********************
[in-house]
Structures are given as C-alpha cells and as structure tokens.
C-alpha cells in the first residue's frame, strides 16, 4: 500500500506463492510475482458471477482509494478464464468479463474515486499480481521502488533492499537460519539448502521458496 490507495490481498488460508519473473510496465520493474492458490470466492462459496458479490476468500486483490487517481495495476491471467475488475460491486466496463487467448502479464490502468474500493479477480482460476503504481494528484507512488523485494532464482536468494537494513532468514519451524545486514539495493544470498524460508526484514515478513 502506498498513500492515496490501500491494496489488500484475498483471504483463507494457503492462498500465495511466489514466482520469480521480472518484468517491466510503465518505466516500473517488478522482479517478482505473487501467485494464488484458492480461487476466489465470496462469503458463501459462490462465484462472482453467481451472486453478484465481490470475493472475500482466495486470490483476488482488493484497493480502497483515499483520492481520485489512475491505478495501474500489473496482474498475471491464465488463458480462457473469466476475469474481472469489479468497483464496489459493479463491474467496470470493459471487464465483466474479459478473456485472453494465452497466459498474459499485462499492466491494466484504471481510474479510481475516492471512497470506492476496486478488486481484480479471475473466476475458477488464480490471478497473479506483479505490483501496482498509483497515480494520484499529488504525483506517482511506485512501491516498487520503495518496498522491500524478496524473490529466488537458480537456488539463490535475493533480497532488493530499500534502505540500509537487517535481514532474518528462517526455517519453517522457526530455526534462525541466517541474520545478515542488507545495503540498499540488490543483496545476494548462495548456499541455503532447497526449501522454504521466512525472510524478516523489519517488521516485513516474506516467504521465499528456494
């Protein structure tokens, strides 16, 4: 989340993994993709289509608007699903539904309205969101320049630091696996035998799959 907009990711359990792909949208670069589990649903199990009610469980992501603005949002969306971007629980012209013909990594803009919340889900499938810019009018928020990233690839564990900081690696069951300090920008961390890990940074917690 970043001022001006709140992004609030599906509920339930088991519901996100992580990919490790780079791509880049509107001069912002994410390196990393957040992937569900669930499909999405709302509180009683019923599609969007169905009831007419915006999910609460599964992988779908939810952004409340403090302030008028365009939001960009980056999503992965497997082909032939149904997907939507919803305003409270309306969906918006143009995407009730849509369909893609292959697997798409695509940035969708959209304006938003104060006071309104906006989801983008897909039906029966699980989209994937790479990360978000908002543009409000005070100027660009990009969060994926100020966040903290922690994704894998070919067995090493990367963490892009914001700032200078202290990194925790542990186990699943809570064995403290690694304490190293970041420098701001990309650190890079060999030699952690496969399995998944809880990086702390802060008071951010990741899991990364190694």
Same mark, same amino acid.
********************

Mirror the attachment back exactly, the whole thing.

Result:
[in-house]
Structures are given as C-alpha cells and as structure tokens.
C-alpha cells in the first residue's frame, strides 16, 4: 500500500506463492510475482458471477482509494478464464468479463474515486499480481521502488533492499537460519539448502521458496 490507495490481498488460508519473473510496465520493474492458490470466492462459496458479490476468500486483490487517481495495476491471467475488475460491486466496463487467448502479464490502468474500493479477480482460476503504481494528484507512488523485494532464482536468494537494513532468514519451524545486514539495493544470498524460508526484514515478513 502506498498513500492515496490501500491494496489488500484475498483471504483463507494457503492462498500465495511466489514466482520469480521480472518484468517491466510503465518505466516500473517488478522482479517478482505473487501467485494464488484458492480461487476466489465470496462469503458463501459462490462465484462472482453467481451472486453478484465481490470475493472475500482466495486470490483476488482488493484497493480502497483515499483520492481520485489512475491505478495501474500489473496482474498475471491464465488463458480462457473469466476475469474481472469489479468497483464496489459493479463491474467496470470493459471487464465483466474479459478473456485472453494465452497466459498474459499485462499492466491494466484504471481510474479510481475516492471512497470506492476496486478488486481484480479471475473466476475458477488464480490471478497473479506483479505490483501496482498509483497515480494520484499529488504525483506517482511506485512501491516498487520503495518496498522491500524478496524473490529466488537458480537456488539463490535475493533480497532488493530499500534502505540500509537487517535481514532474518528462517526455517519453517522457526530455526534462525541466517541474520545478515542488507545495503540498499540488490543483496545476494548462495548456499541455503532447497526449501522454504521466512525472510524478516523489519517488521516485513516474506516467504521465499528456494
């Protein structure tokens, strides 16, 4: 989340993994993709289509608007699903539904309205969101320049630091696996035998799959 907009990711359990792909949208670069589990649903199990009610469980992501603005949002969306971007629980012209013909990594803009919340889900499938810019009018928020990233690839564990900081690696069951300090920008961390890990940074917690 970043001022001006709140992004609030599906509920339930088991519901996100992580990919490790780079791509880049509107001069912002994410390196990393957040992937569900669930499909999405709302509180009683019923599609969007169905009831007419915006999910609460599964992988779908939810952004409340403090302030008028365009939001960009980056999503992965497997082909032939149904997907939507919803305003409270309306969906918006143009995407009730849509369909893609292959697997798409695509940035969708959209304006938003104060006071309104906006989801983008897909039906029966699980989209994937790479990360978000908002543009409000005070100027660009990009969060994926100020966040903290922690994704894998070919067995090493990367963490892009914001700032200078202290990194925790542990186990699943809570064995403290690694304490190293970041420098701001990309650190890079060999030699952690496969399995998944809880990086702390802060008071951010990741899991990364190694």
Same mark, same amino acid.